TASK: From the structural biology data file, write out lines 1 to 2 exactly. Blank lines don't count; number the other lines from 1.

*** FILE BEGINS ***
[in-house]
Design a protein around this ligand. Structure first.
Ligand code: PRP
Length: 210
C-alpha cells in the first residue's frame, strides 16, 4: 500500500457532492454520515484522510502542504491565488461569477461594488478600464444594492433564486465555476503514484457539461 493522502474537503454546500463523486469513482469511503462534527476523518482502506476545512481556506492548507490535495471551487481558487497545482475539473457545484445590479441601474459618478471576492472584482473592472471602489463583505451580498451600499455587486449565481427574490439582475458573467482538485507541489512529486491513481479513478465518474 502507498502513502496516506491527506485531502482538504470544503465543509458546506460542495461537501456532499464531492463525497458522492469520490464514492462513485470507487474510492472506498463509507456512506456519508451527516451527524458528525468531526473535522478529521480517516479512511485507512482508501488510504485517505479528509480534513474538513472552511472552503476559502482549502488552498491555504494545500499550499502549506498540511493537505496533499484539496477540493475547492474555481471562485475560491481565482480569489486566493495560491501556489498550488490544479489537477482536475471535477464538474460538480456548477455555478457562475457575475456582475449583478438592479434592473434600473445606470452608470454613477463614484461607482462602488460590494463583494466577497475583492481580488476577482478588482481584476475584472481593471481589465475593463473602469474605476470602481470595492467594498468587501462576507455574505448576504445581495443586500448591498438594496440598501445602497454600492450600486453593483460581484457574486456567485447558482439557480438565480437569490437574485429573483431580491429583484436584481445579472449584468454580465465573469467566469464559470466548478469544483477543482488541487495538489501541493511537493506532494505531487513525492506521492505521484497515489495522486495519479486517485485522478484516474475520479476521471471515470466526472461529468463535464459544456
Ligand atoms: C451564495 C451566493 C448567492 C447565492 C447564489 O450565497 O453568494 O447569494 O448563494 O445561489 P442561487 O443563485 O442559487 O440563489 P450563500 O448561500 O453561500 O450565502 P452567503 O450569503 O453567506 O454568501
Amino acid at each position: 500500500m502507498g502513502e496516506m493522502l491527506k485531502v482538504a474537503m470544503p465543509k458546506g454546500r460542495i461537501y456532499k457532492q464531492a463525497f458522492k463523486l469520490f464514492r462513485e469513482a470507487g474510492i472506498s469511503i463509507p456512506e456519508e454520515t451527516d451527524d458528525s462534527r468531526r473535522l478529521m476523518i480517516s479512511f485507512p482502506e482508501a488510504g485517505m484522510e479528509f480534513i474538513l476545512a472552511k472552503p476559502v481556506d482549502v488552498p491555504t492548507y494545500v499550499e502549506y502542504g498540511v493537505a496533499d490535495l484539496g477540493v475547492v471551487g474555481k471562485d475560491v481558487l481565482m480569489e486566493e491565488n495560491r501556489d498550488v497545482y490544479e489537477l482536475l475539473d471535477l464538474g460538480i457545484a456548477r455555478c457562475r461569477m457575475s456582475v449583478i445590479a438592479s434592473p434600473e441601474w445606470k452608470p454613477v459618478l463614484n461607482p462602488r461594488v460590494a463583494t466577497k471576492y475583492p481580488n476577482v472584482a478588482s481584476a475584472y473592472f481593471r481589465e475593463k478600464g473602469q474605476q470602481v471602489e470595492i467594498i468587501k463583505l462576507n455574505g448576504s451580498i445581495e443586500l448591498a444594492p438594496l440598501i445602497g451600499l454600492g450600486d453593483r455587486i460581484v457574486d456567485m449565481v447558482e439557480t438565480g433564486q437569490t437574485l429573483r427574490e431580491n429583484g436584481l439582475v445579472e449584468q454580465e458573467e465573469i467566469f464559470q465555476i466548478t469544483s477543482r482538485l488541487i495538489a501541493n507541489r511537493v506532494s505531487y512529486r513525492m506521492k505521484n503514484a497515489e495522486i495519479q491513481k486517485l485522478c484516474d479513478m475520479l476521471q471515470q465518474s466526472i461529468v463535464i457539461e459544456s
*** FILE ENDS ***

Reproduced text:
[in-house]
Design a protein around this ligand. Structure first.